As we discover in On Her Majesty's Secret Service, James Bond goes 'through the turkey and plum pudding routine' on Christmas Day at M's residence.
A visit to Shrublands health farm in Thunderball proves to be something of an culinary eye-opener for James Bond. Foregoing his usual steaks, fried fish, and rich sauces, Bond is introduced to such treats as dandelion tea, potassium broth and 'unmalted slippery elm'.
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Curried goat is considered to be one of the national dishes of Jamaica. We are not told in the books whether James Bond ever has a meal of curried goat, but we know that it made a regular appearance at Ian Fleming's Jamaican home, Goldeneye.
Always willing to sample the essential flavours of the places he visits, James Bond happily consumes a plate of fried chicken Maryland at New York’s Ma Frazier’s in Live and Let Die.
When it comes to a choice between Russian caviar and Peking duck, James Bond doesn't have a preference. As he tells his female companion at the start of You Only Live Twice (1967), he loves them both.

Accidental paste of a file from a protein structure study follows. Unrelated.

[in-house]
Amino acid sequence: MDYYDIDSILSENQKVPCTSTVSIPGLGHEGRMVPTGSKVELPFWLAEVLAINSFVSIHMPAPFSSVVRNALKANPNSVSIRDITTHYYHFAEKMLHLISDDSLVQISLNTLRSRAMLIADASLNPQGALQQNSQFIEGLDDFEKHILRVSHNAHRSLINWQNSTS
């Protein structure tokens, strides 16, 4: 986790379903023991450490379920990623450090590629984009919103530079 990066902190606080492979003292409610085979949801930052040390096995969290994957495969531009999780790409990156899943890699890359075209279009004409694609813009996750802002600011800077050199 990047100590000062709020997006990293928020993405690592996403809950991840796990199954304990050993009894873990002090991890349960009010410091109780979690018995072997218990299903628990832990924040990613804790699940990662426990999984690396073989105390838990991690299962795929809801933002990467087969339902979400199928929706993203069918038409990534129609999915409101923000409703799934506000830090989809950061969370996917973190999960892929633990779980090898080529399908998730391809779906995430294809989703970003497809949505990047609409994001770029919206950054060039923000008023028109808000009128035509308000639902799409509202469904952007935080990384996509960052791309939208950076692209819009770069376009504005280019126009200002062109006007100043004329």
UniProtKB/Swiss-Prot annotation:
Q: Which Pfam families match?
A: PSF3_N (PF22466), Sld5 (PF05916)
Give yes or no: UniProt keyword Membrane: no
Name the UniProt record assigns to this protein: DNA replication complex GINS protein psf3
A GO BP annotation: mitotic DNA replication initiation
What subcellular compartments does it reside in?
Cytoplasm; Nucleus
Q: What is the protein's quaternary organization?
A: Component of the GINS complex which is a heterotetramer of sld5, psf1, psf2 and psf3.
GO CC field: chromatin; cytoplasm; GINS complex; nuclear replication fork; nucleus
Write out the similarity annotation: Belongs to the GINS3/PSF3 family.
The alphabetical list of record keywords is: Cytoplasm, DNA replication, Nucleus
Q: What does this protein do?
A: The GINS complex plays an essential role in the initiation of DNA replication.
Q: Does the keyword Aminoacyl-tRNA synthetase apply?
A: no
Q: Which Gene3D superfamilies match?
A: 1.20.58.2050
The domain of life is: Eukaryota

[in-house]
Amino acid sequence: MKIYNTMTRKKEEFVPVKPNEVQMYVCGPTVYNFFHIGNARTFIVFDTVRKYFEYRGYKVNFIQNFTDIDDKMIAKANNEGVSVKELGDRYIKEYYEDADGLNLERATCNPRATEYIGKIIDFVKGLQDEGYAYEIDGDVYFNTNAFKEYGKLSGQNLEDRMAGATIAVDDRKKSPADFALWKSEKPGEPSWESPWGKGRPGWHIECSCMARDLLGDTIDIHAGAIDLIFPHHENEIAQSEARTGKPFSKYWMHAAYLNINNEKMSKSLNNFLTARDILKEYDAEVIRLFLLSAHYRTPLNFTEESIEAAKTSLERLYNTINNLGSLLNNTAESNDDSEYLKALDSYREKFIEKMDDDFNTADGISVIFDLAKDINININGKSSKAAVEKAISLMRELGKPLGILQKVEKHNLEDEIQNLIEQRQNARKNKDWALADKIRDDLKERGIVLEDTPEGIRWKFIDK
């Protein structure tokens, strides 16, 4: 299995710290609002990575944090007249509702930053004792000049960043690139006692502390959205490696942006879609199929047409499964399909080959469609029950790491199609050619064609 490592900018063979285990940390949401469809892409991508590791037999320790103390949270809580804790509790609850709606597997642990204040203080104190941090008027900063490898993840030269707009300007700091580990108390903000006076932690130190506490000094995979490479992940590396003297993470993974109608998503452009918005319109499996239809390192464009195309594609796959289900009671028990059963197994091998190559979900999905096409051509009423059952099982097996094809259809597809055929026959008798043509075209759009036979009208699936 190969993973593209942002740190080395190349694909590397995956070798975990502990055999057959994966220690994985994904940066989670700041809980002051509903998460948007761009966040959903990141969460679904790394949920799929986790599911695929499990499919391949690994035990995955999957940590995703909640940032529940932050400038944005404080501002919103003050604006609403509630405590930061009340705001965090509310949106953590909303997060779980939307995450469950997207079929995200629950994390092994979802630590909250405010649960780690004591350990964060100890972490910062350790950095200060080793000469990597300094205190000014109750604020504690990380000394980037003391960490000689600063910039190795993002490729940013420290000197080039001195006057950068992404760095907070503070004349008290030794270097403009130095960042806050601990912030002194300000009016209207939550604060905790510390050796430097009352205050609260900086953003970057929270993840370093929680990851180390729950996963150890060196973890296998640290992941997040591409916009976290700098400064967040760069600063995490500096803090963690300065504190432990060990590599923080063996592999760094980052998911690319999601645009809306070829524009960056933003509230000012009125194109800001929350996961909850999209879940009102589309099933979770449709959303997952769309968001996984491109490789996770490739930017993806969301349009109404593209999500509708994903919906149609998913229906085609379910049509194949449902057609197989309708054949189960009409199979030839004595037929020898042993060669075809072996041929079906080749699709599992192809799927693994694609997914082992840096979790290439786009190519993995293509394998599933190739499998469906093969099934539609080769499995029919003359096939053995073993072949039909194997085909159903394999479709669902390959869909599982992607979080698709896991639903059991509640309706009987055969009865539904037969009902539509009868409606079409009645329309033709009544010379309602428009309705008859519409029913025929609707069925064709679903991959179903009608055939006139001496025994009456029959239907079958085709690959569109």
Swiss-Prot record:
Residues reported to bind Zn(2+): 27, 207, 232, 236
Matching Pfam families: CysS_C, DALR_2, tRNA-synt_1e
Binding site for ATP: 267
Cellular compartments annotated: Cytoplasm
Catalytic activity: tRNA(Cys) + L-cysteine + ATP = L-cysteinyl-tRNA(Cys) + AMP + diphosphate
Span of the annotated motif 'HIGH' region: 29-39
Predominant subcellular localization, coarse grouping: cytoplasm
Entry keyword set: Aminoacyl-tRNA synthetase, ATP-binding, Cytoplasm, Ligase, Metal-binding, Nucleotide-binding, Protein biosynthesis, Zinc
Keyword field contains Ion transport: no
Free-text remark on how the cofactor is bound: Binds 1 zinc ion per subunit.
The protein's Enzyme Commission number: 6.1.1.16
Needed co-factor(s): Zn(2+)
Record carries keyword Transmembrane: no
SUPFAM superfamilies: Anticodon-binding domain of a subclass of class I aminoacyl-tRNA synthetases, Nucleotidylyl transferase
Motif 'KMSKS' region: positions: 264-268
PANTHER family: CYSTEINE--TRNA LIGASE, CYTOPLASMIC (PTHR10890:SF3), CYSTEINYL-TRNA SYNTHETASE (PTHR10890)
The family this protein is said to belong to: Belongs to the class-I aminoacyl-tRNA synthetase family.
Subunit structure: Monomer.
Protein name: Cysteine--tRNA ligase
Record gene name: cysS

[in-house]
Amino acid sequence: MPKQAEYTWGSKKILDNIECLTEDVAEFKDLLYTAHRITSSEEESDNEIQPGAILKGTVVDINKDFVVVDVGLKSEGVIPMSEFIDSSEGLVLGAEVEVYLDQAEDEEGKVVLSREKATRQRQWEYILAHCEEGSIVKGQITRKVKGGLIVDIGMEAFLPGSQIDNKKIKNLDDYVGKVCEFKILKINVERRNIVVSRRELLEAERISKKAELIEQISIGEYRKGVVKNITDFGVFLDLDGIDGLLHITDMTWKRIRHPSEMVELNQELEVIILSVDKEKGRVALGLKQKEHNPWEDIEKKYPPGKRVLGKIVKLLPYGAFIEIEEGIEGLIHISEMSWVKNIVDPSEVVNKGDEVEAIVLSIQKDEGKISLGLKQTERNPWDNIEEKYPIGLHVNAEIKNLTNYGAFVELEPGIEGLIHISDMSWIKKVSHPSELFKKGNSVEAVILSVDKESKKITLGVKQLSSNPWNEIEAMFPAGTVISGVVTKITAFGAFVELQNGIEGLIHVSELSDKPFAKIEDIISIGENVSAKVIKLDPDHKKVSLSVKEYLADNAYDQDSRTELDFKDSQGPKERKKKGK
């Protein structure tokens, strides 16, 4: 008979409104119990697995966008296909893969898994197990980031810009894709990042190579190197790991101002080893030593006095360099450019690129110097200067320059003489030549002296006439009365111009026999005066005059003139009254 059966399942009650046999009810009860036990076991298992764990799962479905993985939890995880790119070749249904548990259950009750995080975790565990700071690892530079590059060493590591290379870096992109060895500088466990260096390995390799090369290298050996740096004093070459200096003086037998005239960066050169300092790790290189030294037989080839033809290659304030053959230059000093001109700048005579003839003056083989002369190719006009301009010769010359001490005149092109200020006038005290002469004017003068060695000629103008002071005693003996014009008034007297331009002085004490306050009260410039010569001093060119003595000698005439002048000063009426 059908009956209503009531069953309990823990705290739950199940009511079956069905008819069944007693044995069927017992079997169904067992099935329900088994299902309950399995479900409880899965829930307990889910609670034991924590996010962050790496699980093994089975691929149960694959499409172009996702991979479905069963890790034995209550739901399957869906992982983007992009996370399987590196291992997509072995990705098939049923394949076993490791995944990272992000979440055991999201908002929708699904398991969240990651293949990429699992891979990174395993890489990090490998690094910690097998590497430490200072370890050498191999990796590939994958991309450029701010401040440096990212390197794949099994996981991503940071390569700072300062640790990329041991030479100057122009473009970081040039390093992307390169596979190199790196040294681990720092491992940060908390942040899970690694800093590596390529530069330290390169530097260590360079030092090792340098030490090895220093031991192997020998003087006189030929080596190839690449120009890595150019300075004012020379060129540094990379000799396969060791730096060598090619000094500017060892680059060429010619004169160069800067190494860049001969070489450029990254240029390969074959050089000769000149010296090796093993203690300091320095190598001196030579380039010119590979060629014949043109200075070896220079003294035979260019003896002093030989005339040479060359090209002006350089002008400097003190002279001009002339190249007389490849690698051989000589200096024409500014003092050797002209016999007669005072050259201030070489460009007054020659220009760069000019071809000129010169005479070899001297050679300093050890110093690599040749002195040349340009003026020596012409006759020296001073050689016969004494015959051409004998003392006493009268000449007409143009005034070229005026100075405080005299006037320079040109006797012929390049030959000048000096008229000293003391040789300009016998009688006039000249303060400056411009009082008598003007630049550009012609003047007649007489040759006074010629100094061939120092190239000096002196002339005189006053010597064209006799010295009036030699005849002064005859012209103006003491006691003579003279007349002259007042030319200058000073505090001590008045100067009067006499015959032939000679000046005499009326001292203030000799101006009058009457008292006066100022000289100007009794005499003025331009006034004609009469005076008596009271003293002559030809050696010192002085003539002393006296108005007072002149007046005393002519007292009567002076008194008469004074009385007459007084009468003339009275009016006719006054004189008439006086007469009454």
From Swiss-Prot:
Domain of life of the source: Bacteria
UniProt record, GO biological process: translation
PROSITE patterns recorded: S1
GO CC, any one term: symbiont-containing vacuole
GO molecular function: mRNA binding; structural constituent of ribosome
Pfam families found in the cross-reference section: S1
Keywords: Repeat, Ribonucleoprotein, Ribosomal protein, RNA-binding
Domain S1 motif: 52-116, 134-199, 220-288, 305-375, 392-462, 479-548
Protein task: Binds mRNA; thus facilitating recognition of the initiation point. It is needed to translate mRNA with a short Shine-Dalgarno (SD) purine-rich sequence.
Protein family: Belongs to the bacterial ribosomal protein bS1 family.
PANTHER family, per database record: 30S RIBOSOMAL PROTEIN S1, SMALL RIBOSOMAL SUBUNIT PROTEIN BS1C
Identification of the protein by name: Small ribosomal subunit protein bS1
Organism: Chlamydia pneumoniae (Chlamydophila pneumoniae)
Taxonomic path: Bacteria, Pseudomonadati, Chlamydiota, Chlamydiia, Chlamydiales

What is the first evening meal that Ian Fleming describes in the James Bond books? The answer is a very small tournedos with sauce Béarnaise, and a single artichoke heart, which James Bond consumes in the restaurant of the Hotel Splendide in Casino Royale
Entering Orléans during his pursuit of Goldfinger through France in Ian Fleming’s 1959 novel, James Bond reflects that in other circumstances he would have spent a night at the Auberge de la Montespan, situated on the north bank of the Loire.
To celebrate his promotion to the Diplomatic Section in You Only Live Twice, James Bond decides to take his secretary Mary Goodnight out to dinner at Scott's for their first roast grouse of the season